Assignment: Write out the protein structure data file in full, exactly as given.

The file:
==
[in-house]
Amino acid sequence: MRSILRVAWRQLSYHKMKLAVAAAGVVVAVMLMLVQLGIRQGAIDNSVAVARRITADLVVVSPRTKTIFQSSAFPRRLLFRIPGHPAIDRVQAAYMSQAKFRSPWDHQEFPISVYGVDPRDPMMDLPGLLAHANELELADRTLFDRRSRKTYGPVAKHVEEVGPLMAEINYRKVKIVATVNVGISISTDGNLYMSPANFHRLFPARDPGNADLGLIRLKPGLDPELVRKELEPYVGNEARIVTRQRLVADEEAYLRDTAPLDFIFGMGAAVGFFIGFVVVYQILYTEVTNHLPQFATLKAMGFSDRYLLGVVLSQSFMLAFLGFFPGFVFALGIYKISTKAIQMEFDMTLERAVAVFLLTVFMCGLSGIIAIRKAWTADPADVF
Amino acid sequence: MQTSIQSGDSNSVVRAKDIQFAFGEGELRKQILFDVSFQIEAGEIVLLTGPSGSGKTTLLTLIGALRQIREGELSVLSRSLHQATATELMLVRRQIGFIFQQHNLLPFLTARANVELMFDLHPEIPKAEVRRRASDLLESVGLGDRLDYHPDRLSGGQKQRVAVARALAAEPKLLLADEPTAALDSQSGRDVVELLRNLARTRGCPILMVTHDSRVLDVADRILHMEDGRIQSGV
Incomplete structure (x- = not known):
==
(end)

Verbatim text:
[in-house]
Amino acid sequence: MRSILRVAWRQLSYHKMKLAVAAAGVVVAVMLMLVQLGIRQGAIDNSVAVARRITADLVVVSPRTKTIFQSSAFPRRLLFRIPGHPAIDRVQAAYMSQAKFRSPWDHQEFPISVYGVDPRDPMMDLPGLLAHANELELADRTLFDRRSRKTYGPVAKHVEEVGPLMAEINYRKVKIVATVNVGISISTDGNLYMSPANFHRLFPARDPGNADLGLIRLKPGLDPELVRKELEPYVGNEARIVTRQRLVADEEAYLRDTAPLDFIFGMGAAVGFFIGFVVVYQILYTEVTNHLPQFATLKAMGFSDRYLLGVVLSQSFMLAFLGFFPGFVFALGIYKISTKAIQMEFDMTLERAVAVFLLTVFMCGLSGIIAIRKAWTADPADVF
Amino acid sequence: MQTSIQSGDSNSVVRAKDIQFAFGEGELRKQILFDVSFQIEAGEIVLLTGPSGSGKTTLLTLIGALRQIREGELSVLSRSLHQATATELMLVRRQIGFIFQQHNLLPFLTARANVELMFDLHPEIPKAEVRRRASDLLESVGLGDRLDYHPDRLSGGQKQRVAVARALAAEPKLLLADEPTAALDSQSGRDVVELLRNLARTRGCPILMVTHDSRVLDVADRILHMEDGRIQSGV
Incomplete structure (x- = not known):